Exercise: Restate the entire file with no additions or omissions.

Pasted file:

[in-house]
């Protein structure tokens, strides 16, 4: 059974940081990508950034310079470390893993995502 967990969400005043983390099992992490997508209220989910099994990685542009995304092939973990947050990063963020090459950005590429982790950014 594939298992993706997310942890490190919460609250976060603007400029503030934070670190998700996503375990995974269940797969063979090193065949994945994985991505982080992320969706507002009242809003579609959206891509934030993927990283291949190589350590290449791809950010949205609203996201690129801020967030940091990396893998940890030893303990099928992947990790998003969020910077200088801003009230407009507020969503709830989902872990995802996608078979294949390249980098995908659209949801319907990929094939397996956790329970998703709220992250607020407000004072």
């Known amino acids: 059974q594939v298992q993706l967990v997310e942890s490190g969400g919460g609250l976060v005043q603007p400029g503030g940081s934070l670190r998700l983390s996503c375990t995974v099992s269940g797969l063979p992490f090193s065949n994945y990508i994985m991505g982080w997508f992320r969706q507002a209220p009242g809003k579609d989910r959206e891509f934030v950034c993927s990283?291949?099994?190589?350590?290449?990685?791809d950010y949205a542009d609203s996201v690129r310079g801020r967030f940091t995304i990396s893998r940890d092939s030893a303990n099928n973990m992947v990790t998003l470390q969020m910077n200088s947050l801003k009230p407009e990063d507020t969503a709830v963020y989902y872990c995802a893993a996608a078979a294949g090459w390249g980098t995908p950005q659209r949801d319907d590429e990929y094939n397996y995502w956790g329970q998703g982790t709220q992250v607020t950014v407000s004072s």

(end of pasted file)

[in-house]
């Protein structure tokens, strides 16, 4: 059974940081990508950034310079470390893993995502 967990969400005043983390099992992490997508209220989910099994990685542009995304092939973990947050990063963020090459950005590429982790950014 594939298992993706997310942890490190919460609250976060603007400029503030934070670190998700996503375990995974269940797969063979090193065949994945994985991505982080992320969706507002009242809003579609959206891509934030993927990283291949190589350590290449791809950010949205609203996201690129801020967030940091990396893998940890030893303990099928992947990790998003969020910077200088801003009230407009507020969503709830989902872990995802996608078979294949390249980098995908659209949801319907990929094939397996956790329970998703709220992250607020407000004072």
């Known amino acids: 059974q594939v298992q993706l967990v997310e942890s490190g969400g919460g609250l976060v005043q603007p400029g503030g940081s934070l670190r998700l983390s996503c375990t995974v099992s269940g797969l063979p992490f090193s065949n994945y990508i994985m991505g982080w997508f992320r969706q507002a209220p009242g809003k579609d989910r959206e891509f934030v950034c993927s990283?291949?099994?190589?350590?290449?990685?791809d950010y949205a542009d609203s996201v690129r310079g801020r967030f940091t995304i990396s893998r940890d092939s030893a303990n099928n973990m992947v990790t998003l470390q969020m910077n200088s947050l801003k009230p407009e990063d507020t969503a709830v963020y989902y872990c995802a893993a996608a078979a294949g090459w390249g980098t995908p950005q659209r949801d319907d590429e990929y094939n397996y995502w956790g329970q998703g982790t709220q992250v607020t950014v407000s004072s």